[Date Prev][Date Next] [Thread Prev][Thread Next] [Date Index] [Thread Index]

Bug#208010: [PROPOSAL] init script LSB 1.3 compliance



Package: debian-policy
Version: 3.6.1.0
Severity: wishlist
Tags: patch

This proposal aims to synchronize the Debian Policy, section 9.3, with
the LSB 1.3.0, chapter 24 [1]. Attached is a patch and the resulting
plain text for better reading.

Notes:

* I suggest merging the "reserved for..." items, but left them
  separated for the moment.
* What is log_failure_msg? Does this make sense on a Debian system?
  Replace it or skip it?

Kind regards,

Martin

[1] http://www.linuxbase.org/spec/refspecs/LSB_1.3.0/gLSB/gLSB/iniscrptact.html
--- debian-policy-3.6.1.0.orig/policy.sgml	Tue Aug 19 14:32:23 2003
+++ debian-policy-3.6.1.0/policy.sgml	Sun Aug 31 13:04:48 2003
@@ -5362,13 +5362,16 @@
 	      <tag><tt>force-reload</tt></tag>
 	      <item>cause the configuration to be reloaded if the
 		  service supports this, otherwise restart the
-		  service.</item>
+		  service,</item>
+
+	      <tag><tt>status</tt></tag>
+	      <item>print the current status of the service.</item>
 	    </taglist>
 
-	    The <tt>start</tt>, <tt>stop</tt>, <tt>restart</tt>, and
-	    <tt>force-reload</tt> options should be supported by all
-	    scripts in <file>/etc/init.d</file>, the <tt>reload</tt>
-	    option is optional.
+	    The <tt>start</tt>, <tt>stop</tt>, <tt>restart</tt>,
+	    <tt>force-reload</tt>, and <tt>status</tt> options should
+	    be supported by all scripts in <file>/etc/init.d</file>,
+	    the <tt>reload</tt> option is optional.
 	  </p>
 
 	  <p>
@@ -5416,10 +5419,72 @@
 	    should include a <tt>test</tt> statement at the top of the
 	    script, like this:
 	    <example compact="compact">
-test -f <var>program-executed-later-in-script</var> || exit 0
+test -f <var>program-executed-later-in-script</var> || exit 5
 	    </example>
 	  </p>
 
+      <p>
+        In the case of init script commands other than <tt>status</tt> (i.e.,
+        <tt>start</tt>, <tt>stop</tt>, <tt>restart</tt>, <tt>reload</tt>, and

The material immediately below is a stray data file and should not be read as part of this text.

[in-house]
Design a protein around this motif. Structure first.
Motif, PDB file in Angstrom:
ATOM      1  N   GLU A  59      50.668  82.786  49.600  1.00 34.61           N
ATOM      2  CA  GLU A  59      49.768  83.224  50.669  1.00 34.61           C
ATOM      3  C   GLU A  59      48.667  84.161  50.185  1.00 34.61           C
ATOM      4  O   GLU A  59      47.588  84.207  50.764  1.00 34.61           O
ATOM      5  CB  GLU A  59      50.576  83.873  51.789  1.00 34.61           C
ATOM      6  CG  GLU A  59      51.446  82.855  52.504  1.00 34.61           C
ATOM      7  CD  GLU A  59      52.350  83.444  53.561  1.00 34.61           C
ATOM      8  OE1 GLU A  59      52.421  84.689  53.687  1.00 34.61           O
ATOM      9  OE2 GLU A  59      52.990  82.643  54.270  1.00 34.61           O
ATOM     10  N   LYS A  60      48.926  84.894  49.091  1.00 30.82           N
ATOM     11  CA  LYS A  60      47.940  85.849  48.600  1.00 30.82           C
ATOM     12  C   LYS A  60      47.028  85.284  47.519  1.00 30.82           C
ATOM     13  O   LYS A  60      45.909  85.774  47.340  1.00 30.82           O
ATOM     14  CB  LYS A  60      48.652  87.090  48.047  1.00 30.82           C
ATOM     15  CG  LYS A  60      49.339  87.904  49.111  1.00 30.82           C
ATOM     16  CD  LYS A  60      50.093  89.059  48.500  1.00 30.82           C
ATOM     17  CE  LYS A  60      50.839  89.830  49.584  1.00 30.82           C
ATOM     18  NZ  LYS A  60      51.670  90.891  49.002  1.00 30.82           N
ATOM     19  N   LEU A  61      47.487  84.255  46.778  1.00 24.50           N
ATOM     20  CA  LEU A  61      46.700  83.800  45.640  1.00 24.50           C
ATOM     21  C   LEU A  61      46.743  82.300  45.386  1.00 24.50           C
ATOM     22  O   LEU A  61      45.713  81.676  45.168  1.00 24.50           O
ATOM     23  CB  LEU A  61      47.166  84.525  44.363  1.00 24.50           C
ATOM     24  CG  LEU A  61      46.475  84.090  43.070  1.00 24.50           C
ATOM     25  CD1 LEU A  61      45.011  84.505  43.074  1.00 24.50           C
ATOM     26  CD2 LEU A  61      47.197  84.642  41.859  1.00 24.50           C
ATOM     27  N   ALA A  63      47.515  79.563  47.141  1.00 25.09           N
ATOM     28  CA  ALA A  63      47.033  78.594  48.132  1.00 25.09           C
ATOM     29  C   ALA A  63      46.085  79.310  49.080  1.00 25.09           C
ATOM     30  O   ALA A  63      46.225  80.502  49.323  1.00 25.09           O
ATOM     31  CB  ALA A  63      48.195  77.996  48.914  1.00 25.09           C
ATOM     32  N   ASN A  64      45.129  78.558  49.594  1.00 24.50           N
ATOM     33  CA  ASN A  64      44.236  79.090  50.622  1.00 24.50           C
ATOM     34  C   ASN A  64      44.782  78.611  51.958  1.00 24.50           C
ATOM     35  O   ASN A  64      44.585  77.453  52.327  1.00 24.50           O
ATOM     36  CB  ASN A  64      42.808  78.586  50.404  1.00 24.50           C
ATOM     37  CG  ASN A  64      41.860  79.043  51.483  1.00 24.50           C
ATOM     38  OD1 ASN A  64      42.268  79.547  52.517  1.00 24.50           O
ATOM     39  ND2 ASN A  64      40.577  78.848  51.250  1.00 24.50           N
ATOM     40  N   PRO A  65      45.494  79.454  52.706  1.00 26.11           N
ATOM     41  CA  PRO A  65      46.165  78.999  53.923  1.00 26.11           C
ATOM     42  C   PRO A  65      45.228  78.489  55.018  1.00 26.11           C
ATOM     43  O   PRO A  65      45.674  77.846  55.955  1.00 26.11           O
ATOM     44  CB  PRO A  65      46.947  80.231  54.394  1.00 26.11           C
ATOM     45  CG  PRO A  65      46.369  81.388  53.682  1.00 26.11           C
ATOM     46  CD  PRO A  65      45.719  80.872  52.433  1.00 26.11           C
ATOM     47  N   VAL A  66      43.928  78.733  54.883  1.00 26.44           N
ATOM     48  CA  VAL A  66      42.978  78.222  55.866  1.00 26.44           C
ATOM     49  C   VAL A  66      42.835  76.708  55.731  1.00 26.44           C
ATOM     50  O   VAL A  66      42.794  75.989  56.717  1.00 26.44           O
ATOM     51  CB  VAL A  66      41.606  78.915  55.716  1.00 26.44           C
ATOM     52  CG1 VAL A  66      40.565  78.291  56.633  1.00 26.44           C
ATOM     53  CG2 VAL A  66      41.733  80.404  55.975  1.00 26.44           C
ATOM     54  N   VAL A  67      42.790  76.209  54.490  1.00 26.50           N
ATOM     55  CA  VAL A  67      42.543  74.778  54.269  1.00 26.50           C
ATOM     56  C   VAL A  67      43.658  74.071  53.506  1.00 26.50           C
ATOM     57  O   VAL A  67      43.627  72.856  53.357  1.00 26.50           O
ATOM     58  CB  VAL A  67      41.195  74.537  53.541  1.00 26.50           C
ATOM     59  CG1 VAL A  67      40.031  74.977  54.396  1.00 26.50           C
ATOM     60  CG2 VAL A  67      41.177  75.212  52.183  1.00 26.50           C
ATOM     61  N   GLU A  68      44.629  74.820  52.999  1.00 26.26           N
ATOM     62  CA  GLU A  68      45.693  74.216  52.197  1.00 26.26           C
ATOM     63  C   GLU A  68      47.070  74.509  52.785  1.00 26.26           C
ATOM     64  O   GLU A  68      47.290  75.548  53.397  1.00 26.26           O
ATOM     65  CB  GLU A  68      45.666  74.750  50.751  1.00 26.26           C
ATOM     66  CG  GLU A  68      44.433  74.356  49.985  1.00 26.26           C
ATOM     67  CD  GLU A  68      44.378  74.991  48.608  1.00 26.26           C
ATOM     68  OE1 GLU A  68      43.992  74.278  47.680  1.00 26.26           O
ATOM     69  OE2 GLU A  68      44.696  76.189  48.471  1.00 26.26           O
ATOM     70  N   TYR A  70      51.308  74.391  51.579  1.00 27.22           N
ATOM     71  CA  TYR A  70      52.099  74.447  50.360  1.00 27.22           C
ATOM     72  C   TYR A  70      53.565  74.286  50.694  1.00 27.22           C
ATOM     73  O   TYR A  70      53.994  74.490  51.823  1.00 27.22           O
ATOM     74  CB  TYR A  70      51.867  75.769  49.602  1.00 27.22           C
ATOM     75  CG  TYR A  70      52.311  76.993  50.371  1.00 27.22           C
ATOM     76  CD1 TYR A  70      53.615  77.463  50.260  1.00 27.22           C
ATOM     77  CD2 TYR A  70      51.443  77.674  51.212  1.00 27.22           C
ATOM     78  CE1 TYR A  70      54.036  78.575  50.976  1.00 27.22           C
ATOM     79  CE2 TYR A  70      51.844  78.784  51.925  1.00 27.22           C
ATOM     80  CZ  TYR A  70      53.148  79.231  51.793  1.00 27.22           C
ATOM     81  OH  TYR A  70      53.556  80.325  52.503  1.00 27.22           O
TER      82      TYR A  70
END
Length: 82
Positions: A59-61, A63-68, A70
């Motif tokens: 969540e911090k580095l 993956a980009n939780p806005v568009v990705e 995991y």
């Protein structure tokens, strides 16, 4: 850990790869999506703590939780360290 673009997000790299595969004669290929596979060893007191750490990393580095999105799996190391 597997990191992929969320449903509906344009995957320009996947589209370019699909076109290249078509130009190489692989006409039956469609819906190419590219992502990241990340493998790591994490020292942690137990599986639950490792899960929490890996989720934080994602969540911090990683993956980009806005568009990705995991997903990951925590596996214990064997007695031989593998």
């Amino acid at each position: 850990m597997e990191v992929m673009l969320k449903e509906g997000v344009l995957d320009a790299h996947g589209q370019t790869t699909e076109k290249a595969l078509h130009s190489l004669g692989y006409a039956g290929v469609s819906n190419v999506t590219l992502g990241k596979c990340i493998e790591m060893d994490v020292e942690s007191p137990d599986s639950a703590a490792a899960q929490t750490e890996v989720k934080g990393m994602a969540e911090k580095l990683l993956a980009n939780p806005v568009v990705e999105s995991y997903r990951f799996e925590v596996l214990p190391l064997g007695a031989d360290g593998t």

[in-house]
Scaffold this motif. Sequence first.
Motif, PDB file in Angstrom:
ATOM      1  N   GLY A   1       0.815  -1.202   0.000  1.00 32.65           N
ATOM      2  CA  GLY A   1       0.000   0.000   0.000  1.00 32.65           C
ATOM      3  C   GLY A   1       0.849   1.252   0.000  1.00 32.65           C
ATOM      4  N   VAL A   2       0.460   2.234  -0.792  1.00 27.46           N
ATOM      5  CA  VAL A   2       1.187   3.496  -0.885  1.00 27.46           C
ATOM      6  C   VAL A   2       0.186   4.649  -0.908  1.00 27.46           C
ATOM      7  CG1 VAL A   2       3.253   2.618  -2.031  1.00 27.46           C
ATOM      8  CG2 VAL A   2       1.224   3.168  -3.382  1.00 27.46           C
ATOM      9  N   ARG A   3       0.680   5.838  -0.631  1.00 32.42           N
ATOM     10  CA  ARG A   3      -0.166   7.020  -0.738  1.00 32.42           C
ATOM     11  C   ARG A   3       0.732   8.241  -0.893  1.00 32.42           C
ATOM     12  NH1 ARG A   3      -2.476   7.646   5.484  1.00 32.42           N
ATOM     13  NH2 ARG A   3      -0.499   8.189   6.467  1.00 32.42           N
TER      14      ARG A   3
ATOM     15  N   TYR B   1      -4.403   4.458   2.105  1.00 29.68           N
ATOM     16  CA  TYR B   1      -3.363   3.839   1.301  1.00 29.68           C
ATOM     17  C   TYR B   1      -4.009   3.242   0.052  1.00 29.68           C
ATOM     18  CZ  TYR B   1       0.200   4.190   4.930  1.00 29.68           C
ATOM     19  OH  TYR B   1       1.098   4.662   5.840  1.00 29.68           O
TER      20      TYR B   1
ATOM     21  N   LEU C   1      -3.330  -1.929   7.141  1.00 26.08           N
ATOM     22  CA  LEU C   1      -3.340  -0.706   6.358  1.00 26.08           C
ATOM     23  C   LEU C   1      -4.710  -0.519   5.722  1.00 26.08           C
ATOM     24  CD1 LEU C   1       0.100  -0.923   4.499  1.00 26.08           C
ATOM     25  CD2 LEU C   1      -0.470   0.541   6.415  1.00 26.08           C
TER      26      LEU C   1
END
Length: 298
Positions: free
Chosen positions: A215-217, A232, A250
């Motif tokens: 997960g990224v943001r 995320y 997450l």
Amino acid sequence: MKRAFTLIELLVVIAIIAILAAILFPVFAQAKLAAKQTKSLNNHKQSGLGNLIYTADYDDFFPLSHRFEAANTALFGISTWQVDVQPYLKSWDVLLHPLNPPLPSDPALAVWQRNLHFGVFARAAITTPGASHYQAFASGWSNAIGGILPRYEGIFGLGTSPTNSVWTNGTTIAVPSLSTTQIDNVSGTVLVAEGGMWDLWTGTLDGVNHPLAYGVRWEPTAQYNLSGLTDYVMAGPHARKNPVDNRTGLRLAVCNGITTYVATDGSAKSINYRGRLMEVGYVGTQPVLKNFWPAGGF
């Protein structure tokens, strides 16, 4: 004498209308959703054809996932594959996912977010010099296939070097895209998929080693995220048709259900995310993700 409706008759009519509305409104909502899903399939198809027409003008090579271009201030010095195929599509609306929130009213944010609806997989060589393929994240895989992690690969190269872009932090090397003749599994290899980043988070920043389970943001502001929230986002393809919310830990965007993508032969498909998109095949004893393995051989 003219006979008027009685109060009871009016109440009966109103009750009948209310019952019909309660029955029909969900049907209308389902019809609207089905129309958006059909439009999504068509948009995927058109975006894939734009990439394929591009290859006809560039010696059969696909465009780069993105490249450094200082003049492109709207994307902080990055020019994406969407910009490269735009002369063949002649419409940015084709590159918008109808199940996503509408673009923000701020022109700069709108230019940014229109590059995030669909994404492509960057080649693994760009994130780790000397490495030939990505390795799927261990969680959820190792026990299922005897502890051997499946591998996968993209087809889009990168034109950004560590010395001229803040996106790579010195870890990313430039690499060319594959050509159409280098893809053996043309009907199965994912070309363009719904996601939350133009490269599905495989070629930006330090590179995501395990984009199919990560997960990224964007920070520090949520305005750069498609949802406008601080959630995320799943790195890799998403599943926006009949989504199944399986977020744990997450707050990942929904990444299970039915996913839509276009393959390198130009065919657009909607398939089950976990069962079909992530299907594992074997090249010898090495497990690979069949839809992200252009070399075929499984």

+        <tt>force-reload</tt>), the init script should return an exit status
+        of zero if the action described by the argument has been successful.
+        Otherwise, the init script should print an error message and return
+        one of the following non-zero exit status codes.
+        <taglist>
+          <tag>1</tag>
+          <item>generic or unspecified error,</item>
+          <tag>2</tag>
+          <item>invalid or excess argument(s),</item>
+          <tag>3</tag>
+          <item>unimplemented feature (for example, <tt>reload</tt>),</item>
+          <tag>4</tag>
+          <item>user had insufficient privilege,</item>
+          <tag>5</tag>
+          <item>program is not installed,</item>
+          <tag>6</tag>
+          <item>program is not configured,</item>
+          <tag>7</tag>
+          <item>program is not running,</item>
+          <tag>8-99</tag>
+          <item>reserved for future LSB use,</item>
+          <tag>100-149</tag>
+          <item>reserved for distribution use,</item>
+          <tag>150-199</tag>
+          <item>reserved for application use,</item>
+          <tag>200-254</tag>
+          <item>reserved.</item>
+        </taglist>
+        All error messages should be printed on standard error. All status
+        messages should be printed on standard output. (This does not prevent
+        scripts from calling the logging functions such as
+        <tt>log_failure_msg</tt>).
+      </p>
+
+	  <p>
+        If the status command is given, the init script should return the
+        following exit status codes.
+	    <taglist>
+	      <tag>0</tag>